Flight delays, cancellations, mechanicals etc. are “cost of doing business” when dealing with the airlines. Sometimes getting the airline to make it right is rather maddening experience, however.
I was supposed to fly on Alitalia coded Air France flight to Bangkok on Wednesday, but got information less than a week earlier that the flight no longer operated on that date and that I was booked on the same flight two days later.
European Union Passenger Rights define what the airlines are required to do in situation like this and the courts have further clarified them (airlines have fought hard not to pay compensation and interpret the rules on their favor mostly without success).
I was informed about by this change less than 7 days before the scheduled departure according to the airline (important due to possible later compensation liability).
Alitalia (ticketing and marketing carrier) should have rerouted me to Bangkok from Rome at the earliest opportunity and here where the problems started.
I was “protected” (probably entirely automated process) on Air France flight two days later and the call center plainly refused to entertain any idea of rerouting me claiming that they cannot change the route (false), I must follow the original routing rules (false) or my only other option was to get a refund (false). My only option according to the agent would be to wait two days in Paris at my expense and contact Customer Relations later.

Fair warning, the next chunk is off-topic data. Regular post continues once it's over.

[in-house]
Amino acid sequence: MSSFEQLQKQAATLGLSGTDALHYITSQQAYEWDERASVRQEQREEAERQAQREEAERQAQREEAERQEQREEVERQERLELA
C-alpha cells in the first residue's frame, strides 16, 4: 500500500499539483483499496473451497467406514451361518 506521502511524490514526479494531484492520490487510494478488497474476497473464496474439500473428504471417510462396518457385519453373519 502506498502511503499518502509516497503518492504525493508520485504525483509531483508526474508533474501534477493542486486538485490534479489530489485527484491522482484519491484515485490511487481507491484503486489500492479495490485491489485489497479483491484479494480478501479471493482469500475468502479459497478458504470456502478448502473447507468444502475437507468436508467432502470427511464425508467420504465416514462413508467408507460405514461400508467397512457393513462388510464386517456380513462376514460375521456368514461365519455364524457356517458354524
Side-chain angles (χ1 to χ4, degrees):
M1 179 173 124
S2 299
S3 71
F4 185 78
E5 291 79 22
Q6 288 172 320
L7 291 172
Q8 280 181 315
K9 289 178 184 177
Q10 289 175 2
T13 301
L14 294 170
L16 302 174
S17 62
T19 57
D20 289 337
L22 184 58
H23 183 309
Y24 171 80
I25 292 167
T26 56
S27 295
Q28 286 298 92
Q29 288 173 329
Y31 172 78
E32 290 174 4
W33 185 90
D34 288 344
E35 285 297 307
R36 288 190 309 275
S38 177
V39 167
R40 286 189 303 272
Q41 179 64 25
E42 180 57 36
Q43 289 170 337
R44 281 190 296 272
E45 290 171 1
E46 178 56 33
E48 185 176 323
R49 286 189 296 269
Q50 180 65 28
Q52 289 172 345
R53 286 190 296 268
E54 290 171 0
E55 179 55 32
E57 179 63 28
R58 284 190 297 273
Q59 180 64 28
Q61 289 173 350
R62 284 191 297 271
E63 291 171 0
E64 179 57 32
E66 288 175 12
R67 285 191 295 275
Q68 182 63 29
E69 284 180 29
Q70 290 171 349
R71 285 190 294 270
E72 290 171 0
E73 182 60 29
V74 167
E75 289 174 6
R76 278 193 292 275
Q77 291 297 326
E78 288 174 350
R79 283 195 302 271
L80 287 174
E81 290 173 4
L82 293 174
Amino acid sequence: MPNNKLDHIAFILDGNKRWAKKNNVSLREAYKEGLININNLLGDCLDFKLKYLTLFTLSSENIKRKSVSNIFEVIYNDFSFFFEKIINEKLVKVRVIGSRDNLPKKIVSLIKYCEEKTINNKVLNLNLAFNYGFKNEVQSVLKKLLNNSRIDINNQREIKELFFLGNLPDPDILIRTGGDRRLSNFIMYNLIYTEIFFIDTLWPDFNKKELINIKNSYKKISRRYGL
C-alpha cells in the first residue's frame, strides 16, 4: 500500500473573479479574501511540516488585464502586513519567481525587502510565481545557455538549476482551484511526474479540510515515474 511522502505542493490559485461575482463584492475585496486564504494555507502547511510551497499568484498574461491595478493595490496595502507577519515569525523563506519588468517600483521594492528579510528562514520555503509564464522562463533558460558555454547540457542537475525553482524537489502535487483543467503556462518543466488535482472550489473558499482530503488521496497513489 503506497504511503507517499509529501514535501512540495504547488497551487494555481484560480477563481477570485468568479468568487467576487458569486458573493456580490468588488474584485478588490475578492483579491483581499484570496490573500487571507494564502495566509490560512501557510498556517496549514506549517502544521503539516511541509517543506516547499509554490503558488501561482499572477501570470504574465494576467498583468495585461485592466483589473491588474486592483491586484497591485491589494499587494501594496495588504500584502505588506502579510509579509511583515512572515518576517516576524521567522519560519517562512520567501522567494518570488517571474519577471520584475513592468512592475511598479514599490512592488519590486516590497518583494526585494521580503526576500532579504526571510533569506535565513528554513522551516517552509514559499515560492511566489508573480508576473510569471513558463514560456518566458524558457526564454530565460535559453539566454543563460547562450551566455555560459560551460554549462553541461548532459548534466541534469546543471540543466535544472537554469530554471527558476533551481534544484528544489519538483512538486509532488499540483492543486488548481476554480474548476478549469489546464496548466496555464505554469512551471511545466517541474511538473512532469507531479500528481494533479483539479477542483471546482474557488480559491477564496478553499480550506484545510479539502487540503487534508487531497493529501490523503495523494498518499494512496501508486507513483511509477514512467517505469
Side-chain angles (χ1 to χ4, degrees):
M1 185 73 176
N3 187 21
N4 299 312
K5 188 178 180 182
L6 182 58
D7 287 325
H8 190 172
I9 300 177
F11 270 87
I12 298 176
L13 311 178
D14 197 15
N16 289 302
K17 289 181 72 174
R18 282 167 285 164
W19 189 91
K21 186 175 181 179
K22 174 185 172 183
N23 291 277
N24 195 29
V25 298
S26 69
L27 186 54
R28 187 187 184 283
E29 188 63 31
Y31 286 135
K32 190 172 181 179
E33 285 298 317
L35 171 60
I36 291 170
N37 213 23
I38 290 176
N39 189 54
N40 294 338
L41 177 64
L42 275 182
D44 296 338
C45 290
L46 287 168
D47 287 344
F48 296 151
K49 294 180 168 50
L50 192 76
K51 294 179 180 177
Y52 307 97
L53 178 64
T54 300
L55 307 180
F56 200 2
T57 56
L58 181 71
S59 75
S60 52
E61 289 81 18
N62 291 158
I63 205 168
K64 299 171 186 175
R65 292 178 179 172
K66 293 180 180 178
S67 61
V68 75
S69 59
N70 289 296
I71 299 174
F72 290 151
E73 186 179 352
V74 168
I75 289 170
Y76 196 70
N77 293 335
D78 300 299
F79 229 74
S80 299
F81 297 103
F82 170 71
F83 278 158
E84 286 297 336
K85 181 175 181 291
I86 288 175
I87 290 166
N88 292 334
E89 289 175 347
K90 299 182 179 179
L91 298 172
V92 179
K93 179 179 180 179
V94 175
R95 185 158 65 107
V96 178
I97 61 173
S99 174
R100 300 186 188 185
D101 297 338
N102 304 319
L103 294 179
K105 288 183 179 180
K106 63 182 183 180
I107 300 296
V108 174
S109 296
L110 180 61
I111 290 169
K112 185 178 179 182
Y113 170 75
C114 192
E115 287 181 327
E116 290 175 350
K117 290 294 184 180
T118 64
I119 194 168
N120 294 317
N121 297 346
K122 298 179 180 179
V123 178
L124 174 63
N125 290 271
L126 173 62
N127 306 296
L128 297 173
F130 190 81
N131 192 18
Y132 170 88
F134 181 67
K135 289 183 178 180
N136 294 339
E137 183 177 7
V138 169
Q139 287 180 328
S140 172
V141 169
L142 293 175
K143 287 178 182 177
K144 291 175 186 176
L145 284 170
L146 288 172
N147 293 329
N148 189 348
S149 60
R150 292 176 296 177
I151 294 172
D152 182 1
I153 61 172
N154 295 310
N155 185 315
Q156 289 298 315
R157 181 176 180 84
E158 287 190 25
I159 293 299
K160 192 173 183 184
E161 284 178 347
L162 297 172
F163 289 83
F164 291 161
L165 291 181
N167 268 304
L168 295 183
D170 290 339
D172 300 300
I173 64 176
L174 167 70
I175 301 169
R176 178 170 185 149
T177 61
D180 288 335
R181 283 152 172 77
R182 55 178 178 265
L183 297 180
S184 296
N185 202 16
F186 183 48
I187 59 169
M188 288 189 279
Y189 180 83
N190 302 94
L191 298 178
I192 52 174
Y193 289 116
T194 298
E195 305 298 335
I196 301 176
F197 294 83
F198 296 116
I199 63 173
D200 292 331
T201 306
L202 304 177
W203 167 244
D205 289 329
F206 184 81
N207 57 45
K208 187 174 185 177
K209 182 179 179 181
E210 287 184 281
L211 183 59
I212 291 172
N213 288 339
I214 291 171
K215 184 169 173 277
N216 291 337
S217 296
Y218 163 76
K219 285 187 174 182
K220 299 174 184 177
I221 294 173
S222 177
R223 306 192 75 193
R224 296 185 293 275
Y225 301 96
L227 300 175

Here’s what I did:
– Upon arriving to FCO went to the Alitalia transfer desk and lady suggested flights on Etihad (minority owner of Alitalia). After she contacted the ticketing desk, they told me to go to Air France ticketing due to its being the day of travel “disruption”.
– Air France ticketing just rebooked me on direct FCO-BKK Thai Airways flight.
I just hate dealing with misinformed airline telephone agents that are not equipped to get anything else done beyond booking a simple return round trip.
The European Airline Passenger Rights are clear that it is their requirement to rebook/reroute me to the final destination using the most convenient option (for me) and not strand me in Paris for two days.
The agents at the airports are usually better with these reroutings than those over the phone because 1. the passenger is in front of you (difficult to hide) and 2. they usually have better tools and experience compared to phone agents.
It shouldn’t have been this difficult to get a simple rerouting done and dealing with Alitalia over the phone was rather miserable experience.